Nonfiction > E.C. Stedman & E.M. Hutchinson, eds. > A Library of American Literature > 1835–1860
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Stedman and Hutchinson, comps.  A Library of American Literature:
An Anthology in Eleven Volumes.  1891.
Vols. VI–VIII: Literature of the Republic, Part III., 1835–1860
 
The South’s First Crop of Sugar
By Charles Étienne Arthur Gayarré (1805–1895)
 
[From “A Louisiana Sugar Plantation of the Old Régime.”—Harper’s New Monthly Magazine. 1887.]

INDIGO had been the principal staple of the colony, but at last a worm which attacked the plant and destroyed it, through consecutive years, was reducing to poverty and to the utmost despair the whole population. Jean Étienne de Boré determined to make a bold experiment to save himself and his fellow-citizens, and convert his indigo plantation into one of sugar-cane.
  1
  In these critical circumstances he resolved to renew the attempt which had been made to manufacture sugar. He immediately prepared to go into all the expenses and incur all the obligations consequent on so costly an undertaking. His wife warned him that her father had in former years vainly made a similar attempt; she represented that he was hazarding on the cast of a die all that remained of their means of existence; that if he failed, as was so probable, he would reduce his family to hopeless poverty; that he was of an age—being over fifty years old—when fate was not to be tempted by doubtful experiments, as he could not reasonably entertain the hope of a sufficiently long life to rebuild his fortune if once completely shattered; and that he would not only expose himself to ruin, but also to a risk much more to be dreaded—that of falling into the grasp of creditors. Friends and relatives joined their remonstrances to hers, but could not shake the strong resolve of his energetic mind. He had fully matured his plan, and was determined to sink or swim with it.  2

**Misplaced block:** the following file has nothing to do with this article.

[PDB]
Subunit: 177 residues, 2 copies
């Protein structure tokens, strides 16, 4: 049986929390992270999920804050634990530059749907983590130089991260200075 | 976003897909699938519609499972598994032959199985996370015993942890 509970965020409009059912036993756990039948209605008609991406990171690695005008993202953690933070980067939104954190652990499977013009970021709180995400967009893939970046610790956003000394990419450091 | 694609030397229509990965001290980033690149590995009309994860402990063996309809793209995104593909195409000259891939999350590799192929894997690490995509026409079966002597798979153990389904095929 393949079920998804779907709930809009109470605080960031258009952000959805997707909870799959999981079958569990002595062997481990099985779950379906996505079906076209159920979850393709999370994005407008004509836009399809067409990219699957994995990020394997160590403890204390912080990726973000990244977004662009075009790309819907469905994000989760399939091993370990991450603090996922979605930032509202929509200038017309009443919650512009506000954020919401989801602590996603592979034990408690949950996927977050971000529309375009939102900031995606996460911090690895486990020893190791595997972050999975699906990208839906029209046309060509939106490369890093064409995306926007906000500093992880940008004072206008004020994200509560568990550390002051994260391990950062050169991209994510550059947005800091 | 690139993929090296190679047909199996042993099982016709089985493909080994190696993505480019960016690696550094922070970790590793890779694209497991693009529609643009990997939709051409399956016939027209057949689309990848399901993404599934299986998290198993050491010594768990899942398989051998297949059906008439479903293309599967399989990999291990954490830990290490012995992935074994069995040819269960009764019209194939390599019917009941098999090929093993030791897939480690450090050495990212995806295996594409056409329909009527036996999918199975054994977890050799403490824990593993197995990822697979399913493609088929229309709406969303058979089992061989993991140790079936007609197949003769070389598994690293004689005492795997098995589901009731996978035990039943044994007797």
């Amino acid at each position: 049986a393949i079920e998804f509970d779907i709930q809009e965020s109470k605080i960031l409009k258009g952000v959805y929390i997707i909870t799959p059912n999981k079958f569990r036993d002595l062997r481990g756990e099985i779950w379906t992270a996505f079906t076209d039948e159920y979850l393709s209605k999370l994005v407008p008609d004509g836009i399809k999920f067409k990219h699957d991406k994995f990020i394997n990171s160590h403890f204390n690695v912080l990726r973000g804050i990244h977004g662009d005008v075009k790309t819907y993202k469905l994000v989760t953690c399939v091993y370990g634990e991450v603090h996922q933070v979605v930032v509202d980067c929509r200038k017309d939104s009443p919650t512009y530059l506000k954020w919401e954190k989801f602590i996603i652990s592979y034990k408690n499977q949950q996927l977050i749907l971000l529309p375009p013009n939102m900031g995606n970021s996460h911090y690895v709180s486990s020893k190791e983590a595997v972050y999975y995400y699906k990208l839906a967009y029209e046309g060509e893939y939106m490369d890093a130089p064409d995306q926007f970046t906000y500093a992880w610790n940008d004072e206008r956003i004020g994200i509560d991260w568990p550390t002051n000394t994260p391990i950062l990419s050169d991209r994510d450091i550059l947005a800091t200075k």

Purchasing a quantity of canes from two individuals named Mendez and Solis, who cultivated them only for sale as a dainty in the New Orleans market, and to make coarse syrup, he began to plant in 1794, and to make all the other necessary preparation, and in 1795 he made a crop of sugar which sold for twelve thousand dollars—a large sum at that time. Boré’s attempt had excited the keenest interest; many had frequently visited him during the year to witness his preparations; gloomy predictions had been set afloat, and on the day when the grinding of the cane was to begin, a large number of the most respectable inhabitants had gathered in and about the sugar-house to be present at the failure or success of the experiment. Would the syrup granulate? would it be converted into sugar? The crowd waited with eager impatience for the moment when the man who watches the coction of the juice of the cane determines whether it is ready to granulate. When that moment arrived the stillness of death came among them, each one holding his breath, and feeling that it was a matter of ruin or prosperity for them all. Suddenly the sugar-maker cried out with exultation, “It granulates!” Inside and outside of the building one could have heard the wonderful tidings flying from mouth to mouth and dying in the distance, as if a hundred glad echoes were telling it to one another. Each one of the bystanders pressed forward to ascertain the fact on the evidence of his own senses, and when it could no longer be doubted, there came a shout of joy, and all flocked around Étienne de Boré, overwhelming him with congratulations, and almost hugging the man whom they called their savior—the savior of Louisiana. Ninety years have elapsed since, and an event which produced so much excitement at the time is very nearly obliterated from the memory of the present generation.  3
 
 
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